This fall has been full of announcements regarding google’s. Mobile-first index. First gary illyes gave a talk at pubcon and dropped a bombshell that google was planning to roll out a mobile-first index in the near future. Sure, google had hinted at the mobile-first index for a while. But now we had real information from a googler that it was indeed coming. Then, on november 4, 2016. Google published a blog post officially declaring its intention to roll out a mobile-first index and explaining why it wanted to do so.
This was huge news as the new approach is
This was huge news, as the new approach is a 180 of how things have worked for a long time. I will cover more about Denmark WhatsApp Number List this soon. My purpose today is not to detail the mobile-first index. This has already been done several times. Instead, my goal is to present a case study of a site that eventually went mobile, but will eventually head head-to-head in the mobile-first index. Of course, the mobile-first index hasn’t been fully rolled out yet, but it will be soon. And we also know that it is tested in the wild. (In fact, the November 10, 2016 Algorithm Update could have – or partially could have been – Google testing the mobile-first index.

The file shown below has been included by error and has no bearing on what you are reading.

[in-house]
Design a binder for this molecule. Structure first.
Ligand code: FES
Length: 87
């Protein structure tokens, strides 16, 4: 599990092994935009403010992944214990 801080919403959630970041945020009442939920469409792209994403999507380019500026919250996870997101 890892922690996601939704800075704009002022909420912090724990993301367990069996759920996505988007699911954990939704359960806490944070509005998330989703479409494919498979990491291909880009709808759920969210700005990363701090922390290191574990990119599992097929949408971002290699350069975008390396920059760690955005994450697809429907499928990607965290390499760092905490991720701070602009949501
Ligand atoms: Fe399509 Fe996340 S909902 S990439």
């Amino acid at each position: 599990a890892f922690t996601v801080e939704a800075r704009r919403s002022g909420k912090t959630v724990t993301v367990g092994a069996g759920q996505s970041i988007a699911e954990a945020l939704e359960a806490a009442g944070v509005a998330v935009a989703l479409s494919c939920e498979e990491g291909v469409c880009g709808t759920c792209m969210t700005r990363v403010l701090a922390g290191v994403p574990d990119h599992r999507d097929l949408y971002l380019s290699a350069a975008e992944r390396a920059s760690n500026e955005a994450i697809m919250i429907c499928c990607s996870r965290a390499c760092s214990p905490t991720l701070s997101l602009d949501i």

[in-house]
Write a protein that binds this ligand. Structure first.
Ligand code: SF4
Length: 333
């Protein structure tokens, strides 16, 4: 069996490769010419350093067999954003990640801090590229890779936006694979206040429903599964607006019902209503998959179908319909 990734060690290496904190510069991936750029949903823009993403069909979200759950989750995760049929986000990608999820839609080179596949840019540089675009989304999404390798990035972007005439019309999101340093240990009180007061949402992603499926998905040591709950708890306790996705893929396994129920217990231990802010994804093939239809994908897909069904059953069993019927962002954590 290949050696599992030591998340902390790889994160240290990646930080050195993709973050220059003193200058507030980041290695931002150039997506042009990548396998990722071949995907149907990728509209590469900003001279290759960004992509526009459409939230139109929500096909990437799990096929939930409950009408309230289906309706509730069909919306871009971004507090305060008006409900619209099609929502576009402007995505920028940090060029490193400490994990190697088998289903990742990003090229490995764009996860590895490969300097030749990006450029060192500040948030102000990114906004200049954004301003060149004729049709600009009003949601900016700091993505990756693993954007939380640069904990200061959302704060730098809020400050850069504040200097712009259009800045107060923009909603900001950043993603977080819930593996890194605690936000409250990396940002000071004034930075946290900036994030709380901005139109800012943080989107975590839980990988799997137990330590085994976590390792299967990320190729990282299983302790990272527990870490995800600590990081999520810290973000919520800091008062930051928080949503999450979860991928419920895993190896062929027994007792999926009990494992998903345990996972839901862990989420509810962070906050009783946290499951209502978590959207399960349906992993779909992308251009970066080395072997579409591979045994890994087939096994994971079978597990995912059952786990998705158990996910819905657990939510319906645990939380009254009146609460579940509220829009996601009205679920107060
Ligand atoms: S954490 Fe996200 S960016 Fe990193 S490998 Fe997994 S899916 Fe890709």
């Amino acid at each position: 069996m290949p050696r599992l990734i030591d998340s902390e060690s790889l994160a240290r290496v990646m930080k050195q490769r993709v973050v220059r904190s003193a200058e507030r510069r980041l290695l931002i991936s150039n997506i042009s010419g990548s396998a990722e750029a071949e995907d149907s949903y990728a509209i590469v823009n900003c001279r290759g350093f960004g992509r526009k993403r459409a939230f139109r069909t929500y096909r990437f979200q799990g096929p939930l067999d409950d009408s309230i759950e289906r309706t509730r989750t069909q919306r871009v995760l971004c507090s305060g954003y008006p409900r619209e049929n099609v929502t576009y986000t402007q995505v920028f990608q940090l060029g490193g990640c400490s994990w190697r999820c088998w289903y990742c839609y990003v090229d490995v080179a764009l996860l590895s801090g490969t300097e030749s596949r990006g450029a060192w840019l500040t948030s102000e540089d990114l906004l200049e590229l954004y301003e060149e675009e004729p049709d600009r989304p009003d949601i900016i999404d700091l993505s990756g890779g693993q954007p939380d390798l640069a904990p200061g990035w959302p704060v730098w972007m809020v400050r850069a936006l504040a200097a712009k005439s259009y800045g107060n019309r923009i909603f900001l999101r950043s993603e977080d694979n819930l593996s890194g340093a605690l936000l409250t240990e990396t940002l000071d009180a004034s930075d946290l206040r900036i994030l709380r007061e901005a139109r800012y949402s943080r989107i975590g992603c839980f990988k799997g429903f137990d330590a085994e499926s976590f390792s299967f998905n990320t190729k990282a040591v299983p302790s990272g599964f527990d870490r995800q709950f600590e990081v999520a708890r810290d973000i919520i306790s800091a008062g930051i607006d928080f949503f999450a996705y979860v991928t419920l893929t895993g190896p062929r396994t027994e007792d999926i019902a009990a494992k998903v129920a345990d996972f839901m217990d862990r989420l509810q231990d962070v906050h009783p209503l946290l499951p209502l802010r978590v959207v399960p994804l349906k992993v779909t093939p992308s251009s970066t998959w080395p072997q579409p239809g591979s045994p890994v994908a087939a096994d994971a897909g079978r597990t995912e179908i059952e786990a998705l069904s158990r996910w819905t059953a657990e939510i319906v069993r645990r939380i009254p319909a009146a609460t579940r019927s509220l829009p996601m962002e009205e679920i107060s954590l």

You can read my article on the update to learn
You can read my article on the update to learn more about this (which I saw while scanning the affected sites. Note that this update was also substantially rolled back on November 18, which could indicate testing was underway.)The case I’m going to present today is a good example of how changes from Google and then on the client side could end up colliding on the web. Both parties have the right intentions, but the collision could lead to serious problems.
Quick breakdown of the mobile-first index: a 180 for search before explaining the case study. I will quickly explain the mobile-first index. Currently. And until the mobile-first index is rolled out. Google will use the desktop version of a page by default for ranking purposes.